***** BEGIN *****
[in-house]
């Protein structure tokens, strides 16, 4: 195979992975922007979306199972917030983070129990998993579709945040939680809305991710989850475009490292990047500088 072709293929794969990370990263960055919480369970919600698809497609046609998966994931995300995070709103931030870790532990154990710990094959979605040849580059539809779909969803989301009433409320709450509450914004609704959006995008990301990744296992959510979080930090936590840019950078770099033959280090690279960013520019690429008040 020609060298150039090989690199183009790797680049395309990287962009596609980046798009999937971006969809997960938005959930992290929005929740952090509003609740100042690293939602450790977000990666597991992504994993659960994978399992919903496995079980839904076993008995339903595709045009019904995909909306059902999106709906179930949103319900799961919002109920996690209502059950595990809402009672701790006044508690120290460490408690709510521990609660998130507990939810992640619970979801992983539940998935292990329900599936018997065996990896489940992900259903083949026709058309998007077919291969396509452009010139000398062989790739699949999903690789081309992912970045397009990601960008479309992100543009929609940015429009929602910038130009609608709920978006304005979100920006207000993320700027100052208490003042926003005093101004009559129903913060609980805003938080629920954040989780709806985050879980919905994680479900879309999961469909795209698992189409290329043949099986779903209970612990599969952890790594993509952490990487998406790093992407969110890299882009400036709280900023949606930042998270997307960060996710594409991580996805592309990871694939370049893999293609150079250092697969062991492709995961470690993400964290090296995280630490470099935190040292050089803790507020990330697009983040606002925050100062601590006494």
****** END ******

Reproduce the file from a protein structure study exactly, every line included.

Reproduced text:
[in-house]
């Protein structure tokens, strides 16, 4: 195979992975922007979306199972917030983070129990998993579709945040939680809305991710989850475009490292990047500088 072709293929794969990370990263960055919480369970919600698809497609046609998966994931995300995070709103931030870790532990154990710990094959979605040849580059539809779909969803989301009433409320709450509450914004609704959006995008990301990744296992959510979080930090936590840019950078770099033959280090690279960013520019690429008040 020609060298150039090989690199183009790797680049395309990287962009596609980046798009999937971006969809997960938005959930992290929005929740952090509003609740100042690293939602450790977000990666597991992504994993659960994978399992919903496995079980839904076993008995339903595709045009019904995909909306059902999106709906179930949103319900799961919002109920996690209502059950595990809402009672701790006044508690120290460490408690709510521990609660998130507990939810992640619970979801992983539940998935292990329900599936018997065996990896489940992900259903083949026709058309998007077919291969396509452009010139000398062989790739699949999903690789081309992912970045397009990601960008479309992100543009929609940015429009929602910038130009609608709920978006304005979100920006207000993320700027100052208490003042926003005093101004009559129903913060609980805003938080629920954040989780709806985050879980919905994680479900879309999961469909795209698992189409290329043949099986779903209970612990599969952890790594993509952490990487998406790093992407969110890299882009400036709280900023949606930042998270997307960060996710594409991580996805592309990871694939370049893999293609150079250092697969062991492709995961470690993400964290090296995280630490470099935190040292050089803790507020990330697009983040606002925050100062601590006494």